Academic journal article Scottish Cultural Review of Language and Literature

Re-Thinking 'Provincialism': Scotland's Visual Culture in the 1960s

Academic journal article Scottish Cultural Review of Language and Literature

Re-Thinking 'Provincialism': Scotland's Visual Culture in the 1960s

Article excerpt

This essay examines the conditions of Scotland's visual arts in the 1960s focussing upon events in the capital city of Edinburgh. It contests issues of 'core and periphery' through a critique of the idea of 'provincialism'. In exploring the relationship between the academic art of the period and the febrile 'counter-culture' it evidences the potential for radical, internationally relevant discourses on the nature of visual culture to emerge in 'marginal' locales.

Keywords: Scotland, visual art, 1960s, provincialism, the Academy, avant-gardism, 'counter-culture', hybridity.

Writing in 1962 the eminent connoisseur, art history and arts administrator Kenneth Clark reflected on the nature of 'provincialism' in the arts.1 His subject was delivered as the 'Presidential Address' to The English Association and considered the qualities, positive and negative, of English art in respect of its relative dislocation from metropolitan centres in Europe and in the United States. He was chiefly concerned with the historic distinction of Paris as a centre for art, but, towards the end of his essay he notes, 'it is clearly impossible to avoid the impact of abstract art, and particularly the recent phases of it, which can be classed under the fatiguing, but fairly accurate, title of abstract expressionism'.2 His anxiety, then, concerned the emergence of America, and principally New York, as a metropolitan centre dominating the cultural landscape in the post-war period. Against this background his reflections on 'provincial' English art were melancholy. He recommended, as a concluding counsel, that English artists might be 'accepting (of) the provincial virtues and relating them to the dominant style'.3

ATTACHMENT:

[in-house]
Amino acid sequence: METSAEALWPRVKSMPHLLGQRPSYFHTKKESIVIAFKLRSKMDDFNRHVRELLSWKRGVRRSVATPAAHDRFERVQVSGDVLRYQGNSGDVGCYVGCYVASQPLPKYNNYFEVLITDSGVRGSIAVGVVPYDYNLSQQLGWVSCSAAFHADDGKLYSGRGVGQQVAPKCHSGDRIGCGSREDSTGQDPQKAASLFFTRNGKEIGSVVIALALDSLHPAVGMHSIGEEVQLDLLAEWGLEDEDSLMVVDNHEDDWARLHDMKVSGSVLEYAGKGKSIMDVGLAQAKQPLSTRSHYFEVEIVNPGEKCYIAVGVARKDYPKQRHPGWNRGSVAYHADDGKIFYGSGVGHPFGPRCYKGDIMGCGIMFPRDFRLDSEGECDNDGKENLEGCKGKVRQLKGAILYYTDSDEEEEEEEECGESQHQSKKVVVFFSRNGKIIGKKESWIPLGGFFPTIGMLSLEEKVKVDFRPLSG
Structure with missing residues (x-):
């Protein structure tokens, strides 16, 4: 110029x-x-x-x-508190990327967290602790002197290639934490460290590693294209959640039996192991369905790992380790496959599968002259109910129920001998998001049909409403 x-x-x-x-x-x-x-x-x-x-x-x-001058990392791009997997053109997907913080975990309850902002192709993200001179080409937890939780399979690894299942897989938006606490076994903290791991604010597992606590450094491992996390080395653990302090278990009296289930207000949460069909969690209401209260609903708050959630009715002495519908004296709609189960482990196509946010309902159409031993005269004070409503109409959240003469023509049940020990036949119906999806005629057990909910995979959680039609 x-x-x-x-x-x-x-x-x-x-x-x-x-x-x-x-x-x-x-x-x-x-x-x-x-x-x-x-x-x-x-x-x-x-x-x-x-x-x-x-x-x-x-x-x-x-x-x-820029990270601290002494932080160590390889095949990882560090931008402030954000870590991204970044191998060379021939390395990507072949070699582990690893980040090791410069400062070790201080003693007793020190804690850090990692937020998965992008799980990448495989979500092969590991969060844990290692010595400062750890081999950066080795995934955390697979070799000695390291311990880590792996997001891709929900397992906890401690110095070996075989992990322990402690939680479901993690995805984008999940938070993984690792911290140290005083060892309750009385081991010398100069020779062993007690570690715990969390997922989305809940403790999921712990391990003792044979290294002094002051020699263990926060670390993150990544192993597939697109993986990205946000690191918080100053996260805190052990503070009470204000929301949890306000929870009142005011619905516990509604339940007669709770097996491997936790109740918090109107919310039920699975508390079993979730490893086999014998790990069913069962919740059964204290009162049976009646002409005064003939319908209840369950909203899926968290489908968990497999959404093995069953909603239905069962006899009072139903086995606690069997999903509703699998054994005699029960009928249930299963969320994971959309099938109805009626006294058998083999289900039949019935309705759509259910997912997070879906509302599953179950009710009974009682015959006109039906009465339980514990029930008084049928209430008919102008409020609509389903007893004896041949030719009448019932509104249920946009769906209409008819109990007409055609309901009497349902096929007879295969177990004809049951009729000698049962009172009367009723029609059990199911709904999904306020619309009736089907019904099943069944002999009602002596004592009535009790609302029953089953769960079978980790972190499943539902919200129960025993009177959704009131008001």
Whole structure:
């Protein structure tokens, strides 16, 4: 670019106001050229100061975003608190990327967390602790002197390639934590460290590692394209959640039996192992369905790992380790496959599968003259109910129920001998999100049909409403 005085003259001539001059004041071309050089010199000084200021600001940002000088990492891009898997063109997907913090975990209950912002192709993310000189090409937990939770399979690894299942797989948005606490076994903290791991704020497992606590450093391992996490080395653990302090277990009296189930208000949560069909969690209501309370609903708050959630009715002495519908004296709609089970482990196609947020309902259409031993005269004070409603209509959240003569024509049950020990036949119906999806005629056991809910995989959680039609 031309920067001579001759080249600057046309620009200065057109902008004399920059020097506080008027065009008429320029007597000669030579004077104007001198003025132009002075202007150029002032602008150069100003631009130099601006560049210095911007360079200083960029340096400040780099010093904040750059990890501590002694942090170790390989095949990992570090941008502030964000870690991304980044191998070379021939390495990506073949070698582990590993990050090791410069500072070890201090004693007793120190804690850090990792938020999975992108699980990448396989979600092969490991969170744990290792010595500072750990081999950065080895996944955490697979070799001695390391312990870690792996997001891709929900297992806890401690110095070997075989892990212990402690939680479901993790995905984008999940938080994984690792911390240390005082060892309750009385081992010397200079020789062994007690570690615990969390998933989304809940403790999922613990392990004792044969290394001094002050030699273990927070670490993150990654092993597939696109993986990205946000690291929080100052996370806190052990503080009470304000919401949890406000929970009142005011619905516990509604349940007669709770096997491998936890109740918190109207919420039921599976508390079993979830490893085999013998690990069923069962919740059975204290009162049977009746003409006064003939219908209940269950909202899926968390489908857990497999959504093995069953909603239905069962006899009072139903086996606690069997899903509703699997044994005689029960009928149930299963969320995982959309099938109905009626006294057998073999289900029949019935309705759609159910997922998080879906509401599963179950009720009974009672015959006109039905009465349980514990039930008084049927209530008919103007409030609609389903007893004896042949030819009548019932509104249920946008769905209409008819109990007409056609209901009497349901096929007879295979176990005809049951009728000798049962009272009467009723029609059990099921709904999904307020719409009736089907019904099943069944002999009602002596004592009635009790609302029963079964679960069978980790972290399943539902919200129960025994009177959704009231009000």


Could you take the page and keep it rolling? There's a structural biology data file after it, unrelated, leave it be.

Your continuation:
Clark's unease in this address was shaped by his unchallenged metropolitan bias. Early in his address he had defined the 'problem of provincialism' noting that:

The history of European art has been, to a large extent, the history of a series of centres, from each of which radiated a style. For a shorter or longer period that style dominated the art of the time, became in fact an international style, which was metropolitan at its centre, and became more and more provincial as it reached the periphery... a style has the confidence and coherency of a metropolis.4

Because Clark was essentially a connoisseur he did not consider the centre, and its cultural currency, as a constituent part of economic and political power but viewed 'style' as an independent volition. In this frame the cultural dominance of the metropolis was fashioned by its focussed energy and creative innovation for the metropolis was where 'standards of skill are higher and patrons more exacting'.5 Within this construct Clark declaimed that 'No open-minded historian of art would deny that English painting is provincial'6 and, given that by English painting he meant art from the capital city of London, this placed Scottish art in an impossible situation; a periphery on the edge of a periphery, an outland to an already provincial hub.

At the period of Clark's writing, the early years of the 1960s, this issue of 'provincialism' was a critical topic in Scottish culture and art. From the 1930s the poet Hugh MacDiarmid and his collaborators in the Scottish Renaissance Movement had insisted that Scottish culture could engage with a 'local' vision while projecting an art that was international and universalist.7 In the 1960s this had become something of a trope amongst ambitious Scottish artists but not entirely a uniform position. Part of the momentum for a renewal of the discourse on the value of Scottish art and culture was bom of a revival of interest in Scottish nationalism at the political level. The 1960s was the decade where nationalist politics became credible and gained support amongst the Scottish electorate climaxing, after a number of false starts, in the election of eleven Scottish Nationalist MPs to the Westminster parliament in October 1974. …

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